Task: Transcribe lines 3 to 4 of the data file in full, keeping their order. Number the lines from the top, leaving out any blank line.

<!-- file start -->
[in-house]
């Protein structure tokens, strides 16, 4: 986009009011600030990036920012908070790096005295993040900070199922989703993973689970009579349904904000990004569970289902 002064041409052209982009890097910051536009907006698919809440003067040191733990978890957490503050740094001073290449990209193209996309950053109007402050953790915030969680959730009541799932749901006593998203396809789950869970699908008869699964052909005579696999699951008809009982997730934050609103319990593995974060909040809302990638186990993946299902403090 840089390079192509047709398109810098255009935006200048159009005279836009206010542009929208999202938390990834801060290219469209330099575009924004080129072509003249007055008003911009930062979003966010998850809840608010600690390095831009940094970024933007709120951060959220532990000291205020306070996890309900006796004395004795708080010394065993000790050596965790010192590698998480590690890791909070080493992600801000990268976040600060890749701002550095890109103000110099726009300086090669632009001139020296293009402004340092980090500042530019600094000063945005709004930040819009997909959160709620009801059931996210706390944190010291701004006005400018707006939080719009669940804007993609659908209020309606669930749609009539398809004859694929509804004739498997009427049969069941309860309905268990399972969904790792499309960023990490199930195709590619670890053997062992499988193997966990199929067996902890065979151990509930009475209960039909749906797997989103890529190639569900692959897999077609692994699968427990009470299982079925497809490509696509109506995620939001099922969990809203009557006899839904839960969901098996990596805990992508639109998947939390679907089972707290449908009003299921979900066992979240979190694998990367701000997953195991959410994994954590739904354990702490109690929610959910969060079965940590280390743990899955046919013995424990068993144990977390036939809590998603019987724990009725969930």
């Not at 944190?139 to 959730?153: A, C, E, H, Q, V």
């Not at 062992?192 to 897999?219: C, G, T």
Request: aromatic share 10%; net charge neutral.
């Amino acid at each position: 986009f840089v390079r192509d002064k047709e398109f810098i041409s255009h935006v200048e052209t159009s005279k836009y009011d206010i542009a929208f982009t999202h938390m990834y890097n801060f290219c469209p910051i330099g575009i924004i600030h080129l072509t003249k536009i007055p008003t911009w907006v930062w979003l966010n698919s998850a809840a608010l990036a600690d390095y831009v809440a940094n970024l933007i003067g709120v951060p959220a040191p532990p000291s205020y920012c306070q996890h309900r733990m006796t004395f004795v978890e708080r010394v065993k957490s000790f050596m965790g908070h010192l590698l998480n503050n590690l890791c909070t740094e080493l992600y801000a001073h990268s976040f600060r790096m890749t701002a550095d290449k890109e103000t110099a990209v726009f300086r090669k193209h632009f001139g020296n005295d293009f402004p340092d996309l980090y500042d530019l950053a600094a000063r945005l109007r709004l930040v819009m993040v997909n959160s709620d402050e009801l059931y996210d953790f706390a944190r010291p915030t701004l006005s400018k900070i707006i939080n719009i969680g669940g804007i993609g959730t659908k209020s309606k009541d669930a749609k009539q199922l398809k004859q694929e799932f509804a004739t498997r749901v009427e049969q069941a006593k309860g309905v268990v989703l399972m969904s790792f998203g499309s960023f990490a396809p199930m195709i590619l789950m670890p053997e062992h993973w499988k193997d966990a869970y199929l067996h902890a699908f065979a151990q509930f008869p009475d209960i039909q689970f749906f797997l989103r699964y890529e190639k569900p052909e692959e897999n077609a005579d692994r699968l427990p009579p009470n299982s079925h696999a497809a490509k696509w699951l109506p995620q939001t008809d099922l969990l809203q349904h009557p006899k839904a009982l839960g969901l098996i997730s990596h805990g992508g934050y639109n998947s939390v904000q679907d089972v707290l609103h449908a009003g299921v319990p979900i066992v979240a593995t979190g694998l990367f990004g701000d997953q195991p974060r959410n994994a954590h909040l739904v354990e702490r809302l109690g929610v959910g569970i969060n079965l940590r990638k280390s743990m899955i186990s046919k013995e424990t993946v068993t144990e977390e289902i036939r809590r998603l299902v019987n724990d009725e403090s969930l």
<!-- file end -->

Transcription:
């Not at 944190?139 to 959730?153: A, C, E, H, Q, V």
């Not at 062992?192 to 897999?219: C, G, T």